Sunday, February 18, 2007

A Middle Child is a Bridge Between Siblings by Dr. Alan Singer

Here's what I wrote in the Home News Tribune on 01/11/07 when New Jersey Transit announced it's new double-decker trains. Night and day in the tri-state area, all you heard in the media was that the new trains eliminate those dreadful "middle" seats and it made me feel sorry for middle children, so I did some research and also got some insightful comments from brother and my daughter.

You no doubt are aware of the most exciting arrival in New Jersey for new millennium: New Jersey Transit's new double-decker trains! The enthusiasm is palpable. Last week, when I was New York-bound at 6:50 a.m. (and asleep) the conductor woke us up using the public-address system just so we could look out the window and see a westbound double-decker; a truly forgettable experience.

But the feature that is getting all the attention on the new trains is not safety or capacity. It is "No Middle Seats." Being in the middle is seemingly the bane of our existence, because commuters will end up sandwiched between two sumo wrestlers for an hour ride to or from work. As a family therapist and social science researcher for 30 years, I am sensitive to the unique and often misunderstood position of middle children, which is the topic of this column.

Why does the middle spot get such a bad rap? And with nicknames like "middleitis" and "middle child syndrome" it sounds like scientists are working around the clock to find a vaccination for this dreaded disease. Why do some people assume that since the oldest is independent and the youngest gets all the coddling, therefore the middle child must be neglected and dysfunctional?
In Frank Sulloway's book on birth order titled "Born to Rebel," he states: "The toughest minded individuals are first-borns. Youngest children hold their own ground because parents and sometimes other siblings intervene on behalf of the "baby' of the family. As a result of such tactical constraints, middle children do well to develop diplomatic skills and to cultivate coalitions with other siblings.

"Compared with other siblings," Sulloway indicates, "middle children are more flexible and favor compromise." An excellent example of an individual who favored nonviolent methods of political protest is Dr. Martin Luther King Jr., who was the second of three children.

In order to uphold the high standards of this column, I contacted two distinguished experts in the field of middle children: my brother and my daughter. My middle brother Marc is the founding partner of SingerXenos Wealth Management in Miami. He asserts, "The positive benefit for middle children is they learn to be expert negotiators and navigators." Marc cleverly observes: "Middle children can find allies in either older siblings or younger siblings depending on the circumstances that best suit them at the time, which teaches them diplomatic skills. Middle children quickly learn to avoid mistakes that the less experienced older child may make." (Yikes that's me — the oldest brother.) He adds, "Middles also don't suffer from the "our youngest child is so cute so let's spoil him' syndrome." Thanks for the insight, bro.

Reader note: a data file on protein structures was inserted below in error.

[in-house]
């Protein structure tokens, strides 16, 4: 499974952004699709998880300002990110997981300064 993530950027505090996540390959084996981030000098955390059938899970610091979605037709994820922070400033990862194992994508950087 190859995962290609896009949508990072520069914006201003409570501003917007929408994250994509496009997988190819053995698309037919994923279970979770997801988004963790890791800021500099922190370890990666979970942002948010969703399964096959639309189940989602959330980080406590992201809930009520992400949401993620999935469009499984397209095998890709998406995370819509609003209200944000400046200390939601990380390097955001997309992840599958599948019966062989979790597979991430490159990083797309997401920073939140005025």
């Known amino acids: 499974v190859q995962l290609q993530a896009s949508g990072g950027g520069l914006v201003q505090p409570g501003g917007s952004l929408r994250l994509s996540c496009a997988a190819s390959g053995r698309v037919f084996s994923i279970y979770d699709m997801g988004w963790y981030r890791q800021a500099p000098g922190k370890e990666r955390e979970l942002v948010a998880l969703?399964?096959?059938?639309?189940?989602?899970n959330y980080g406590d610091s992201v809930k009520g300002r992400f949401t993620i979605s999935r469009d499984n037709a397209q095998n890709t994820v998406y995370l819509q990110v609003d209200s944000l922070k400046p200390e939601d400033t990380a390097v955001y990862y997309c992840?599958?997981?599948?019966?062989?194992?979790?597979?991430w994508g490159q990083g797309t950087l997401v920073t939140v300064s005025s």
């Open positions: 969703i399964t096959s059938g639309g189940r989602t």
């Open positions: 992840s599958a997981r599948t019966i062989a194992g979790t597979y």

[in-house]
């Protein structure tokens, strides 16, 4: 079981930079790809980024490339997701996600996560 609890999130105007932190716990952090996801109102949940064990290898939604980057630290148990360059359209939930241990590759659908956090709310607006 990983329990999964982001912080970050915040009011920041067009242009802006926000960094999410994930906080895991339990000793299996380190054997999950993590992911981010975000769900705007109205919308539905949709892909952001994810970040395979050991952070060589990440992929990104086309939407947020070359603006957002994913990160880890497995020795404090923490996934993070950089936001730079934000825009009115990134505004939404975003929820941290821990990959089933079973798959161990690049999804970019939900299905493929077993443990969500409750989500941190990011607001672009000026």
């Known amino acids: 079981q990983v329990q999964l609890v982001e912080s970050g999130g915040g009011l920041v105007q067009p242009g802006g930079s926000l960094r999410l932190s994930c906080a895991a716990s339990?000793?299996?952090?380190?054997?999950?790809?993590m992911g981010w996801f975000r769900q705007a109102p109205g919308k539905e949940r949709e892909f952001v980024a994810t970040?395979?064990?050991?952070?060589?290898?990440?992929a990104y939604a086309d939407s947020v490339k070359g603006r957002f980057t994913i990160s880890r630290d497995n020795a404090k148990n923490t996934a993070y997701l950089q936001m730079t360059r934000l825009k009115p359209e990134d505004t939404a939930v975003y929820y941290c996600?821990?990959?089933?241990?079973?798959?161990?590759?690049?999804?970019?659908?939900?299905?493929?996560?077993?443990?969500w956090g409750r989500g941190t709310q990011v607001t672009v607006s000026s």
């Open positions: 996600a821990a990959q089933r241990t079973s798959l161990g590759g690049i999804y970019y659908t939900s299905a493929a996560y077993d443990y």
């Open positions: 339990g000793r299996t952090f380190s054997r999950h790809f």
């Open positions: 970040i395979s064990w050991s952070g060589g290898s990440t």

My middle daughter Dee is a psychology major at Stern College in New York. She relates that her older sister assumes the role of peacemaker. "However, being that I am in the middle," commented Dee, "I sometimes feel like I'm a bridge between all the siblings and will often be the one to facilitate communication amongst the siblings."

Dee described a visit to her teacher's home when her teacher's baby dropped her pacifier on the floor. My daughter went to wash it off and the woman commented, "That's OK, you can just rub it off; by the third child you don't do that anymore." My daughter felt slighted. "Just because I was born third, I don't get clean pacifiers? What else didn't I get that I should have?" Dee believes that middle children often think in terms of "rights" or things they are entitled to. "Middles don't want to be cheated," she concludes, "and often may feel like they are since their position in the family is not as unique as the others."

What are we to learn from these experts? This is certainly not a disease or a syndrome. As with many other patterns of behavior, it may describe you but it shouldn't define you.

"Be Counted" columnist Dr. Alan Singer is a marriage therapist in Highland Park and can be reached at


Noah773 said...

Very interesting article! I may now understand my sibs a little more.